GoldLink Raps About His Sense That Mac Miller Was Doomed
GoldLink participated in the COLORS video series to debut his latest single “Justine’s Interlude.” The twice-Grammy nominee Washington, D.C. rapper once again toggles the line between Rap & R&B in his latest release, a meditative song only comparable to the artist’s melodic voice.
Crooning about tenderness, keeping loved ones close, losing them, the dizzying, lush nature of the industry, and so forth, the past XXL Freshmen double-dutches between piano trills and a soft-punching bass. The vulnerability GoldLink brings to “Justine’s Interlude” makes it so the rapper not only turns the mirror on his adversaries, but also on himself: “You do something to me / I write all my song about women I never keep.” So it’s only apt that the color scheme of the room matches “Justine’s Interlude,” not a melancholic blue, or a drab grey, but something honest to the touch like a honey-brown, something like skin.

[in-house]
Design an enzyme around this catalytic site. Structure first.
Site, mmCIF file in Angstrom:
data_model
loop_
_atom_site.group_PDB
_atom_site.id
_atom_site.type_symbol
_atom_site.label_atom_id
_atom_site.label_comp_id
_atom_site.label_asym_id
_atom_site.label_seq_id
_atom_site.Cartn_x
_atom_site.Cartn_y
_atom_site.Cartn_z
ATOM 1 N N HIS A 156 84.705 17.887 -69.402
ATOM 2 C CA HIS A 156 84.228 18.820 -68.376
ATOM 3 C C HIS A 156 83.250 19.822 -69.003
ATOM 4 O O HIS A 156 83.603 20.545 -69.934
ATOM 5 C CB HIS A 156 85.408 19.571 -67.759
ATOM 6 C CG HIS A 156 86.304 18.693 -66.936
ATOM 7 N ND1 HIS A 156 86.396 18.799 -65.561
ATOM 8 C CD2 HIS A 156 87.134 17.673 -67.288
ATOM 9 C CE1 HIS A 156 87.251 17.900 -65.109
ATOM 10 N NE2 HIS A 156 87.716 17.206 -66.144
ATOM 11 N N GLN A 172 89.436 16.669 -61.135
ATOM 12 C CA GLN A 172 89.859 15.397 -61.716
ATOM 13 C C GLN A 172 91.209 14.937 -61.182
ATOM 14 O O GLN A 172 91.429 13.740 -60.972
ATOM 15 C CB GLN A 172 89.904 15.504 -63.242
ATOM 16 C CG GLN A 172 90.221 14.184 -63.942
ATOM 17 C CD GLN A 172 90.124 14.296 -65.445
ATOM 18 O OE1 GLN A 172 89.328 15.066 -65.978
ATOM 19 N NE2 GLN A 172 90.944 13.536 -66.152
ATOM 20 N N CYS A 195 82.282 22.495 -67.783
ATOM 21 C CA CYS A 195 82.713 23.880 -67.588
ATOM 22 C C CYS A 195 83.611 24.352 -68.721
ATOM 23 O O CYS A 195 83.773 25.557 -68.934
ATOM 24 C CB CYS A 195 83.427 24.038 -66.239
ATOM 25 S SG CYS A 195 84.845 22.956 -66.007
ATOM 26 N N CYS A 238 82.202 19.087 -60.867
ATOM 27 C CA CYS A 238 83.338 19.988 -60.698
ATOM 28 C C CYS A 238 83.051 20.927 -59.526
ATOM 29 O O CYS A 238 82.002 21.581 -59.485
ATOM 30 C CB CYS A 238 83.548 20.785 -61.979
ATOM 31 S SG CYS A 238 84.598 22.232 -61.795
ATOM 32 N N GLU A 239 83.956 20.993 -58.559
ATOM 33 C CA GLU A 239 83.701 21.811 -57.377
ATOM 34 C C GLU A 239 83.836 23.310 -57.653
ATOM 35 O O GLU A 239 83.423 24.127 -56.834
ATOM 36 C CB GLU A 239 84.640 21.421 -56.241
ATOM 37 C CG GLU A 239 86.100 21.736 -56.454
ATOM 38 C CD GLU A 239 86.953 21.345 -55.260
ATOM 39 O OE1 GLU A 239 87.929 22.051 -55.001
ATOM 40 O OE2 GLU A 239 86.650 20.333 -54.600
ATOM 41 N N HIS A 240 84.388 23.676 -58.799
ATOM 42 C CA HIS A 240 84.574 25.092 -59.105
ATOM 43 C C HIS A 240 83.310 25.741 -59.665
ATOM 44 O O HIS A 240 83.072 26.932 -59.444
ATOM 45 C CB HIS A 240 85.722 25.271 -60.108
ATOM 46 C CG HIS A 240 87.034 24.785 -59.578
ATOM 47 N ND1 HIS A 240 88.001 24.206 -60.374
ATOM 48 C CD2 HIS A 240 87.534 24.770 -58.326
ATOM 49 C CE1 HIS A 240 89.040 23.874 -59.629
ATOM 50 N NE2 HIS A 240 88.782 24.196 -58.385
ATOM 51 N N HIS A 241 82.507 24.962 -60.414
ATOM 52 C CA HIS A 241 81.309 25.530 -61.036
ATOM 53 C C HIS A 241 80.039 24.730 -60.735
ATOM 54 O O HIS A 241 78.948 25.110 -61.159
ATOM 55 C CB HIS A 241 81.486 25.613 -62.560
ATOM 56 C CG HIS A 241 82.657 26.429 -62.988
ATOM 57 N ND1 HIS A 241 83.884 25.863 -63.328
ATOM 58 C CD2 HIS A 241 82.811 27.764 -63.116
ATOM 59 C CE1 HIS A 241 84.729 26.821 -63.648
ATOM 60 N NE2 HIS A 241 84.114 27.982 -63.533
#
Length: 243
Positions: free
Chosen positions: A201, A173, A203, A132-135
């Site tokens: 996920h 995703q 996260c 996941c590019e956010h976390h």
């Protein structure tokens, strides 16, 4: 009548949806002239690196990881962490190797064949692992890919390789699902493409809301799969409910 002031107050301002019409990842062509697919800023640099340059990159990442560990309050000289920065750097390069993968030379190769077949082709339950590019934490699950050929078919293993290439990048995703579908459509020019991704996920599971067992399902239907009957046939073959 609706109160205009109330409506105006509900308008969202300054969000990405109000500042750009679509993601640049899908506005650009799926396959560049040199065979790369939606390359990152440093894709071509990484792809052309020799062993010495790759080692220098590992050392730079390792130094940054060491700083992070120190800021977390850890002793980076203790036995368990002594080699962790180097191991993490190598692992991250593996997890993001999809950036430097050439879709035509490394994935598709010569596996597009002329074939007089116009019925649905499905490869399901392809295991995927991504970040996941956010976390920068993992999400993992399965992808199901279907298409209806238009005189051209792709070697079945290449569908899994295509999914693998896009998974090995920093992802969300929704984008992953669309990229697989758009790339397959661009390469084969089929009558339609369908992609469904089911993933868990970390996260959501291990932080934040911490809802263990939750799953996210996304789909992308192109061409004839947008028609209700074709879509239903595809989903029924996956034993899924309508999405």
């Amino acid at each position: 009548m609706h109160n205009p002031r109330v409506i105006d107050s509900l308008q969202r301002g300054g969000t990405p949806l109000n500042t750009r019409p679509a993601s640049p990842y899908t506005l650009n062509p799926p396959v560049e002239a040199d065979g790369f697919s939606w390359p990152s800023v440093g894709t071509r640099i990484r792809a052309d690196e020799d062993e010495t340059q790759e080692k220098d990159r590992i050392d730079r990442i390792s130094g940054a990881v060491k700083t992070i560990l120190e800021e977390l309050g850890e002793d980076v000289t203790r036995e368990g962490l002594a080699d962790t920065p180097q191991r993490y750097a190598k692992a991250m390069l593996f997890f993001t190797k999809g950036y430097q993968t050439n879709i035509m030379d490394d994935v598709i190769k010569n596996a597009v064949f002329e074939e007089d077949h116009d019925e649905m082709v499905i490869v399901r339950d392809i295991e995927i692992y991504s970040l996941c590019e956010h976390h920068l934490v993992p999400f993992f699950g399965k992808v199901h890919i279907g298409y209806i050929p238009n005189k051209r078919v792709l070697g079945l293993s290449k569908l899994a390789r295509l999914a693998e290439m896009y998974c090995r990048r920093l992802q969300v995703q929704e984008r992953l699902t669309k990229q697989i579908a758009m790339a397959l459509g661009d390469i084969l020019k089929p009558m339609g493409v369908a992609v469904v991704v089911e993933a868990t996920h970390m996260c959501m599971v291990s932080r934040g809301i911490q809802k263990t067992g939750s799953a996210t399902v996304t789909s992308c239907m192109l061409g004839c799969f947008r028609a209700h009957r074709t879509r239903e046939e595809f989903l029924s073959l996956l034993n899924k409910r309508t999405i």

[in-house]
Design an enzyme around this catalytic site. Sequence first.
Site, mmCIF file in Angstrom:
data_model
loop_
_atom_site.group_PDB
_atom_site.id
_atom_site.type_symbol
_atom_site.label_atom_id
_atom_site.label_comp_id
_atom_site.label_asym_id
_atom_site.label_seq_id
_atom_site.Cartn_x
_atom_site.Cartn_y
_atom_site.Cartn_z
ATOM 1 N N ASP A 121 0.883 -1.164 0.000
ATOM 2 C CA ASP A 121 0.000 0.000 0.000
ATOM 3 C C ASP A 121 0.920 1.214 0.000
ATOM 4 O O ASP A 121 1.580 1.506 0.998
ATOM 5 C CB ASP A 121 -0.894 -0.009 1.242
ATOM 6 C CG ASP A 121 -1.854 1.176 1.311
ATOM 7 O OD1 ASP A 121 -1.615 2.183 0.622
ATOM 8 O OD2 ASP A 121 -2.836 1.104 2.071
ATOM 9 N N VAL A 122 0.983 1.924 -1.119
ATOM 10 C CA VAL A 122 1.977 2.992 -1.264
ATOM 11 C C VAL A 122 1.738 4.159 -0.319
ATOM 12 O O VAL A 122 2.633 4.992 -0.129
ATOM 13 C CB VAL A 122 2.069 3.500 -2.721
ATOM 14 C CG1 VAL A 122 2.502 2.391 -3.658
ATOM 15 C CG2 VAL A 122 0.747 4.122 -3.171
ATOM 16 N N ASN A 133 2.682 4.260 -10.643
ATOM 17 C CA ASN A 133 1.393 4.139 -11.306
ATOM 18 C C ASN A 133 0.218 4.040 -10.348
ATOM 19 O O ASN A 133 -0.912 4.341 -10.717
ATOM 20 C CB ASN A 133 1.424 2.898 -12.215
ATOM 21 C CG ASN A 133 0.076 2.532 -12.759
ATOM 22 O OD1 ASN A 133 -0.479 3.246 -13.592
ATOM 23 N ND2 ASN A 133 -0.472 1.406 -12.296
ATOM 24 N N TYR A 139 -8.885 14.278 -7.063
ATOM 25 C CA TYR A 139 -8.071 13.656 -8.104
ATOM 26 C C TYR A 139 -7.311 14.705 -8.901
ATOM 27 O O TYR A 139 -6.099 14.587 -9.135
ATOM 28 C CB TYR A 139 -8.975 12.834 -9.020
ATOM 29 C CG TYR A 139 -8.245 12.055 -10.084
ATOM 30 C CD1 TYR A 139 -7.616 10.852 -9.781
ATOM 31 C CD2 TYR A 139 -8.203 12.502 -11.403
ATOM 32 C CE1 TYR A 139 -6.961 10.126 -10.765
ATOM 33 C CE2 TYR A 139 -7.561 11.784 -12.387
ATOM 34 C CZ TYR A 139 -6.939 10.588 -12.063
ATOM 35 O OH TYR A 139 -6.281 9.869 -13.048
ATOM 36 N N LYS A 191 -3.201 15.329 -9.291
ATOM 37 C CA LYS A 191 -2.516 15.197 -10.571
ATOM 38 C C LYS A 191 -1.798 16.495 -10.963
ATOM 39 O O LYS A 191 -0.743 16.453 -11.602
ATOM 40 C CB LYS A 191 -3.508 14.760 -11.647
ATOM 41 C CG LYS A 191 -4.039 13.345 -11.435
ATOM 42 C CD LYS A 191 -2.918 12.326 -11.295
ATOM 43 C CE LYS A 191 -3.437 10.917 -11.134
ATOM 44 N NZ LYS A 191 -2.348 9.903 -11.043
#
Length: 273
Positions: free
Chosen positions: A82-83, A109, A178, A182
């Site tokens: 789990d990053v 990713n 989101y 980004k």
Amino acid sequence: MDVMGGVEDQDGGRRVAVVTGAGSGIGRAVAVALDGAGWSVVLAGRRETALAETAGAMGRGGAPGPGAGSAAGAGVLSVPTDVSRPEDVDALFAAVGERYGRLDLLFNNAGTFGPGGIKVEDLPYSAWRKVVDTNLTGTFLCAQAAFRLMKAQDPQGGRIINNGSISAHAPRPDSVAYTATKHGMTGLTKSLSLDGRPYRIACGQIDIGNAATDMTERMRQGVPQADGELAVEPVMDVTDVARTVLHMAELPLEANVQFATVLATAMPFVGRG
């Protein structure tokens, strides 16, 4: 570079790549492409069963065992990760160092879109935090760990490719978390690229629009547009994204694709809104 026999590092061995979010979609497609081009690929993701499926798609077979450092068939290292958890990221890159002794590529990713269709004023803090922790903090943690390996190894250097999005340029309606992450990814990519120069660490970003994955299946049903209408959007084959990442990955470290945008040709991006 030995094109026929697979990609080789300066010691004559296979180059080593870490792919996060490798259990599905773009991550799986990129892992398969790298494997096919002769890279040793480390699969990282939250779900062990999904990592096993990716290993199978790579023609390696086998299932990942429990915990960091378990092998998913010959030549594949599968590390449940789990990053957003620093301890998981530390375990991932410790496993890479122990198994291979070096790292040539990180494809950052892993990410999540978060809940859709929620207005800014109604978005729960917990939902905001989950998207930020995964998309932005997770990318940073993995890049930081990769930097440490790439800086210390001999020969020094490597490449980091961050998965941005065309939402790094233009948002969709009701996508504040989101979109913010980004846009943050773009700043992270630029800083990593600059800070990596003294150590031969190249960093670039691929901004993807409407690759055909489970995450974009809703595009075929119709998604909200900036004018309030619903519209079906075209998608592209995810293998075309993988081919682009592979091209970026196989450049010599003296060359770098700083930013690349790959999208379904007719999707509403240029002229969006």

The District of Columbia rapper, who never veers into the over-sentimental, tells the truth, even when it hurts. GoldLink opens up about losing his friend and fellow rapper Mac Miller:
“Mac died, and I couldn’t talk / Couldn’t bear the thought / Two days before it, we was talkin’ ‘bout love and loss / Then he mentioned Ariana’s mom, and newer songs / Never told a soul, but I knew he was dead all along.”
Throughout “Justine’s Interlude,” GoldLink, who is close friends with Brooklyn-native singer Justine Skye, whom the song is named after, alludes to Sheck Wes and the rumored late 2018 abuse allegations:
“I think it’s funny how blogs talk / So many shows I had been to where models walked / So many stories about you and so and so from Harlem / And ain’t too many from Harlem / So take a guess.”
To dispel the heaviness, GoldLink concludes with a playful Harlem Shake.